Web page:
Beyond the Whore/Madonna Complex: A Sense of Self

There's a great new post by Tekanji at Alas, a Blog on modesty vs. raunch culture. Although I find her critique of "modesty" too sweeping, she makes some excellent points about the culture of shame that drives the objectification and fetishization of women. Here is part of her critique of exhibitionistic "raunch culture":
... just as the choice to adopt “modest” dress does not live in a vaccum, neither does the choice to wear “revealing” clothing. There is a lot of pressure on young girls to adopt a particular style of dress. ...

Raunch culture guilts and shames women into putting on a sexual performance for men, whether they want to or not. It sets up a “right” way to express sexuality, and by pushing the notion that men are entitled to sexual gratification, even if it’s just in the form of women wearing low-cut shirts, it ignores the fact that true sexual liberation comes from people being able to make choices about what makes them happy without being guilted and/or shamed into acting a certain way. In that way, it is very much a part of, and a method of perpetuating, a sexually negative culture.

The political Right (as I noted in an earlier post) is sometimes schizophrenic on this. The neoconservative side of the brain waxes eloquent about the oppression of women under the burqa-enforcing yoke of Islam, but the social-conservative side of the brain thinks women ought to stay covered up. But what really matters is our freedom to set our own limits.

In a Purim-related post in 2004, I wrote:
Vashti, the queen of Persia, commits an open act of defiance against the King. After seven days of feasting, King Ahasuerus, in his cups, commands that the his wife the queen be brought before all the men “wearing a royal diadem” – and nothing else, as the traditional interpretation has it. Queen Vashti, furious, refuses this degrading order.

The king is so taken aback that he has to consult his advisers as to what to do next. An official named Memucan opines that Vashti’s insurrection will “make all wives despise their husbands” and that therefore she must be exiled immediately, lest there be “no end of scorn and provocation.” This edict, he continues, should be promulgated “throughout the lands of Persia and Media,” after which the king should take another bride “more worthy” than Vashti, so that “all wives will treat their husbands with respect.” King Ahasuerus does exactly as Memucan instructs.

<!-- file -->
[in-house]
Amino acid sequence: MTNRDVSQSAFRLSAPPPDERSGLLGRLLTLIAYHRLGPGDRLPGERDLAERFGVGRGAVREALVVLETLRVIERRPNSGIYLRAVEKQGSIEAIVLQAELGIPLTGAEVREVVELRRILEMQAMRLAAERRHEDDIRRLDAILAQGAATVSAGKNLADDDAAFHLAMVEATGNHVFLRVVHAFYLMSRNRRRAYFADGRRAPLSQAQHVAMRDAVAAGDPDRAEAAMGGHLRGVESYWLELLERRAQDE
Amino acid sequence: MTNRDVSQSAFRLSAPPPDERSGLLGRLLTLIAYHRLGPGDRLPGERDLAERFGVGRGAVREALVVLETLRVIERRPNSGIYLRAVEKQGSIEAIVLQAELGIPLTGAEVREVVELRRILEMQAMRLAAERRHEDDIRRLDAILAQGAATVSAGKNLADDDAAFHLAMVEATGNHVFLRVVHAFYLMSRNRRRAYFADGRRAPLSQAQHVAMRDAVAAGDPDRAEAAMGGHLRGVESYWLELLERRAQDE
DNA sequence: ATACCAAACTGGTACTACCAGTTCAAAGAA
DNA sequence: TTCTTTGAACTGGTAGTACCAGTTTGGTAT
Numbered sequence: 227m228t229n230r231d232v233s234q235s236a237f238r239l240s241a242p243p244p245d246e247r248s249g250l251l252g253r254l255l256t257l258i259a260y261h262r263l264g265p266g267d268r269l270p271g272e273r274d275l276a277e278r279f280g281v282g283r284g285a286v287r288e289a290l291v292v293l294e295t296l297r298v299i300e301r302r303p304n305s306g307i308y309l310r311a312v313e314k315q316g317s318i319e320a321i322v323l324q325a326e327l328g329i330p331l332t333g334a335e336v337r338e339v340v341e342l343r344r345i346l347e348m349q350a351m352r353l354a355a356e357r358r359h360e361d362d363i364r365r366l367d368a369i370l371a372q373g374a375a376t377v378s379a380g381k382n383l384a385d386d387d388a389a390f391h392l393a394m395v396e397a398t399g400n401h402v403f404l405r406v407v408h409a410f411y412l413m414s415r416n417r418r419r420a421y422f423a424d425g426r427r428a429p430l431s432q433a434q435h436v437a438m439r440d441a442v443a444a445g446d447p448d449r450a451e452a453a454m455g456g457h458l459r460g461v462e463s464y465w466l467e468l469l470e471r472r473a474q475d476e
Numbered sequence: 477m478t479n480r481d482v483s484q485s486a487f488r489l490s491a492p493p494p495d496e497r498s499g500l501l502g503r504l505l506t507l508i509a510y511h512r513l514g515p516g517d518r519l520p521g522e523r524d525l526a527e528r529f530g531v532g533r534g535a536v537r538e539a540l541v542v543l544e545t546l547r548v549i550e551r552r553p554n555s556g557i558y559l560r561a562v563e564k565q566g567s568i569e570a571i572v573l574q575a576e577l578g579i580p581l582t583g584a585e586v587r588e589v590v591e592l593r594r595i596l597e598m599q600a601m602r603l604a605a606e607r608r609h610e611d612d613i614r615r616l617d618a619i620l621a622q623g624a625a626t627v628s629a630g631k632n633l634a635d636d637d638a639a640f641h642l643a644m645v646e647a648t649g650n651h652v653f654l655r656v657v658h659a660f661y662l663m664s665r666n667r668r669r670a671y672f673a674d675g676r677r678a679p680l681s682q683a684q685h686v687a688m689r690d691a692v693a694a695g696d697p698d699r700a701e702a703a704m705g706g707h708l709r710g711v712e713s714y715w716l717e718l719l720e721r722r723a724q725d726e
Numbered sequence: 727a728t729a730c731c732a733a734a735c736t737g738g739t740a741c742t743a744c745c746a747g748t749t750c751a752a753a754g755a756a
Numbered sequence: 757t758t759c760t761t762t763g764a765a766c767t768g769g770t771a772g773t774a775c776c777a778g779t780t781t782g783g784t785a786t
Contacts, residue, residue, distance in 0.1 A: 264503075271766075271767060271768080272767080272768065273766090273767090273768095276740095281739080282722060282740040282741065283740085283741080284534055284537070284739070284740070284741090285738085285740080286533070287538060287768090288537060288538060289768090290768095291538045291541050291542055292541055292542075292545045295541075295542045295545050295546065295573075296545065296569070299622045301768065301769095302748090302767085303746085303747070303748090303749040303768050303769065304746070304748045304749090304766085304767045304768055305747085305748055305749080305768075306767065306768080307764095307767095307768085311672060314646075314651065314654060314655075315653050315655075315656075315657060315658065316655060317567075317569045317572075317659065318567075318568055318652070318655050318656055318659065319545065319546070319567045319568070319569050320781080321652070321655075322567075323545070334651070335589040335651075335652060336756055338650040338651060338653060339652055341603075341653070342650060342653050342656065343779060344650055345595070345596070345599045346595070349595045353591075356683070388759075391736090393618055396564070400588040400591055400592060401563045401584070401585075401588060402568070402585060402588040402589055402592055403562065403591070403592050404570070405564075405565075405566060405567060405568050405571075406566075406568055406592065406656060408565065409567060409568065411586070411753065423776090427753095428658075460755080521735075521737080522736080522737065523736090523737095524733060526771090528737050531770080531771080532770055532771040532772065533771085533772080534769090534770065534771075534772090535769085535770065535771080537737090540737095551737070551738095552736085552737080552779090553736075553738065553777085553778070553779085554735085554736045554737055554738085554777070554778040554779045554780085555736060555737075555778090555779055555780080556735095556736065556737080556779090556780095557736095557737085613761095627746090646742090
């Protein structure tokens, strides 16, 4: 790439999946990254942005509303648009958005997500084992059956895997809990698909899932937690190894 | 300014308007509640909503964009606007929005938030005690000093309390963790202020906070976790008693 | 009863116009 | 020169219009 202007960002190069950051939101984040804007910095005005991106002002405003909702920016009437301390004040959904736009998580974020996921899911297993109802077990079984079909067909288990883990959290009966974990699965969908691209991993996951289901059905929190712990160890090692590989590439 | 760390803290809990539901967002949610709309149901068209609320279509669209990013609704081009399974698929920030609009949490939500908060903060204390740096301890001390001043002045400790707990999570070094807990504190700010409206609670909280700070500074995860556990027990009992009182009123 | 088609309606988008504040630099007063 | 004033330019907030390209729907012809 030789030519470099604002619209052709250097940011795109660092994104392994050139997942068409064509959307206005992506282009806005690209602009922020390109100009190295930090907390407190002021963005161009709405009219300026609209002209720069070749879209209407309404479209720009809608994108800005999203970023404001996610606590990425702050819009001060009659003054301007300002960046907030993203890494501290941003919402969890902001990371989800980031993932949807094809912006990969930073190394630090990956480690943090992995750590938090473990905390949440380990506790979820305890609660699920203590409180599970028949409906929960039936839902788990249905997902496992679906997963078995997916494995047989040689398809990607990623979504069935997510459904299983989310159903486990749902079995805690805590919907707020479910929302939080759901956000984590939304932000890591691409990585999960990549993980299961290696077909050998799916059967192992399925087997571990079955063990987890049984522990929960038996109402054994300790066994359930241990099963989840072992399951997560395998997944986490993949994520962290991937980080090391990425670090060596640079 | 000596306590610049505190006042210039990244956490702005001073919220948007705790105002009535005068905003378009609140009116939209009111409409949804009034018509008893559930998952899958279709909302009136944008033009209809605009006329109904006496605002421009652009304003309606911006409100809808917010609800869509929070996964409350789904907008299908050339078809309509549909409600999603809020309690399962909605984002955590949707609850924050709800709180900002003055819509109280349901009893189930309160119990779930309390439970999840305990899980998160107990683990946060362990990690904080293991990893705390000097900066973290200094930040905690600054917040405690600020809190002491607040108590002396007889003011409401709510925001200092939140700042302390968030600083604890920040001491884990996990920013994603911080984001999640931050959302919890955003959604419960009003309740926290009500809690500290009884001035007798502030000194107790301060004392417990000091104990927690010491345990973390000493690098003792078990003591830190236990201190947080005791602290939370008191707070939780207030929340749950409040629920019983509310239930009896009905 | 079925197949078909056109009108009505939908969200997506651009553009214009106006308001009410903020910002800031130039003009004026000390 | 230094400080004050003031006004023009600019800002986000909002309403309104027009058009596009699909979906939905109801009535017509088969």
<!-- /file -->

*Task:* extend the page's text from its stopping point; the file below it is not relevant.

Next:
Let us notice the implications. It is the king’s honor, and not the queen’s, that is of concern here. In fact, simply by insisting on her own dignity and autonomy, the insubordinate queen is a threat to his honor. And finally, the king, as ruler of his country, has an obligation to uphold this patriarchal value system lest it infect the lower classes.

What is the right that was so important to Vashti? Simply put, it is the right to wear clothes. It is the right to define her own boundaries, and to claim her body as her own. It is her right to exist.

It is also the right to present herself to the world in a fashion of her own choosing. Beyond the need to keep warm, beyond our basic instinct for decency, we wear clothes to express ourselves. Getting dressed is the first creative act we do every day. There is something so fundamental about this need that people will risk punishment for it. In contemporary Iran, some women deliberately wear colored socks, or allow a forbidden strand of hair to show, simply to assert their own autonomy in the face of Islamic totalitarianism. ...

I also argue (as does Tekanji) that our right to choose our mode of dress is intimately linked to our gender expression: 'By covering ourselves, we create the possibility of defining our own relationship to gender. Transgendered individuals, like the defiant Iranian women, have often risked harrassment and physical violence in order to dress according to their own identities. Those of us who do not identify with our socially dictated “assigned gender” can identify with that Persian queen: Vashti’s right to wear a dress is my right to wear a dress.' (See also my post on the Kabbalah.)

Go read Tekanji's full post at the link. And don't forget to bookmark Alas, a Blog.

Somewhere between totalitarianism and anarchy there is a world where we are free as individuals to define our own boundaries. It's a world where we can express ourselves - and conceal ourselves - without fear of persecution or exploitation. It is a free world, a world that we can make a reality.